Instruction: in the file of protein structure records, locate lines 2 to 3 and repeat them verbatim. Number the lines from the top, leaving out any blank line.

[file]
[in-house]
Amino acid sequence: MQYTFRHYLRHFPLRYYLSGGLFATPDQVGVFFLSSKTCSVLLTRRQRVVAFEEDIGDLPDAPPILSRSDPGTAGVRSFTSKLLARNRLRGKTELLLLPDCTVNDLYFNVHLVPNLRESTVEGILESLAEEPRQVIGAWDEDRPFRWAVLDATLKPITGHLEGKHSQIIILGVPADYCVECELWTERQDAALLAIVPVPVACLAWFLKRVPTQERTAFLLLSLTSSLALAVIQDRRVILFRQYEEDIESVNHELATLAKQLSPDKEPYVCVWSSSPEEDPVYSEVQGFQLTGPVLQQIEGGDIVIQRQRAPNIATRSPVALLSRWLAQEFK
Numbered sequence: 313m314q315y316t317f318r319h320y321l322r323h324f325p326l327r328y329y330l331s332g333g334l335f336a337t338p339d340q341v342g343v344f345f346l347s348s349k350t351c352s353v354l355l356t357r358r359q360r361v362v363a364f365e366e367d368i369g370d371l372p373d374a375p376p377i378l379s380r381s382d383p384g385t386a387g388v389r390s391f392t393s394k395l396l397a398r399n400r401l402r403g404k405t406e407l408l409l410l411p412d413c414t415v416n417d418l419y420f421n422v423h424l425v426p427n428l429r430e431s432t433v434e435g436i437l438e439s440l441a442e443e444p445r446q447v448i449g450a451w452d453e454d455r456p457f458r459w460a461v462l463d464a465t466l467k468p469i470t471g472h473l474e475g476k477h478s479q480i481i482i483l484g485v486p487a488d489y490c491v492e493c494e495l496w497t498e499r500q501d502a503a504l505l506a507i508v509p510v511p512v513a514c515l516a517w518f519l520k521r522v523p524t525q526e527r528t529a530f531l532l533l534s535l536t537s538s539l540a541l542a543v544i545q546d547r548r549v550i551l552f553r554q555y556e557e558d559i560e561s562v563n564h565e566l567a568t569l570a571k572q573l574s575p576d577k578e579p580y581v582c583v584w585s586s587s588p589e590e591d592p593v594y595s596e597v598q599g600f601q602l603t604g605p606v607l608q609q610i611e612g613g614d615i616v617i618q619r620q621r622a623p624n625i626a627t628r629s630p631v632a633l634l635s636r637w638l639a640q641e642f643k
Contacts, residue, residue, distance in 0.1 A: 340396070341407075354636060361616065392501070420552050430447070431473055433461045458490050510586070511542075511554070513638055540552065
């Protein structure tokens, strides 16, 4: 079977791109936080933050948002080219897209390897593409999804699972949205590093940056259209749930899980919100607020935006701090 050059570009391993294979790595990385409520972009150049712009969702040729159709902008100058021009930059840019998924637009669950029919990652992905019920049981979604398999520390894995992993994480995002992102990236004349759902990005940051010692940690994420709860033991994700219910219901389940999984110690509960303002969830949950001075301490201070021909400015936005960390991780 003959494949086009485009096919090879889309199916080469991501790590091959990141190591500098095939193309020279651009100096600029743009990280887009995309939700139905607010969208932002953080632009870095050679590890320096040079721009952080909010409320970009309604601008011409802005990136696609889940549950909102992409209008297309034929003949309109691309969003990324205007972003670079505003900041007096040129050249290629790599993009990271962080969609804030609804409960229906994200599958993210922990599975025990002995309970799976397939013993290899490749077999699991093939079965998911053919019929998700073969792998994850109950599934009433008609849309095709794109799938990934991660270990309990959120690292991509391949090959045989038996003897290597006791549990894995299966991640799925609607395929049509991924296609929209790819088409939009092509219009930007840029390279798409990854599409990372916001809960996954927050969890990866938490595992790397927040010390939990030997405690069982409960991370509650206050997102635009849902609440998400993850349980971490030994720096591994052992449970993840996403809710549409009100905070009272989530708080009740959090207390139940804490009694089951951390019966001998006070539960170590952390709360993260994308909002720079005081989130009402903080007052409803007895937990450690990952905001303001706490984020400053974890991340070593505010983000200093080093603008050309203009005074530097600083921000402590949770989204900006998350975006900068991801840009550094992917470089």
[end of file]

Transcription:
Amino acid sequence: MQYTFRHYLRHFPLRYYLSGGLFATPDQVGVFFLSSKTCSVLLTRRQRVVAFEEDIGDLPDAPPILSRSDPGTAGVRSFTSKLLARNRLRGKTELLLLPDCTVNDLYFNVHLVPNLRESTVEGILESLAEEPRQVIGAWDEDRPFRWAVLDATLKPITGHLEGKHSQIIILGVPADYCVECELWTERQDAALLAIVPVPVACLAWFLKRVPTQERTAFLLLSLTSSLALAVIQDRRVILFRQYEEDIESVNHELATLAKQLSPDKEPYVCVWSSSPEEDPVYSEVQGFQLTGPVLQQIEGGDIVIQRQRAPNIATRSPVALLSRWLAQEFK
Numbered sequence: 313m314q315y316t317f318r319h320y321l322r323h324f325p326l327r328y329y330l331s332g333g334l335f336a337t338p339d340q341v342g343v344f345f346l347s348s349k350t351c352s353v354l355l356t357r358r359q360r361v362v363a364f365e366e367d368i369g370d371l372p373d374a375p376p377i378l379s380r381s382d383p384g385t386a387g388v389r390s391f392t393s394k395l396l397a398r399n400r401l402r403g404k405t406e407l408l409l410l411p412d413c414t415v416n417d418l419y420f421n422v423h424l425v426p427n428l429r430e431s432t433v434e435g436i437l438e439s440l441a442e443e444p445r446q447v448i449g450a451w452d453e454d455r456p457f458r459w460a461v462l463d464a465t466l467k468p469i470t471g472h473l474e475g476k477h478s479q480i481i482i483l484g485v486p487a488d489y490c491v492e493c494e495l496w497t498e499r500q501d502a503a504l505l506a507i508v509p510v511p512v513a514c515l516a517w518f519l520k521r522v523p524t525q526e527r528t529a530f531l532l533l534s535l536t537s538s539l540a541l542a543v544i545q546d547r548r549v550i551l552f553r554q555y556e557e558d559i560e561s562v563n564h565e566l567a568t569l570a571k572q573l574s575p576d577k578e579p580y581v582c583v584w585s586s587s588p589e590e591d592p593v594y595s596e597v598q599g600f601q602l603t604g605p606v607l608q609q610i611e612g613g614d615i616v617i618q619r620q621r622a623p624n625i626a627t628r629s630p631v632a633l634l635s636r637w638l639a640q641e642f643k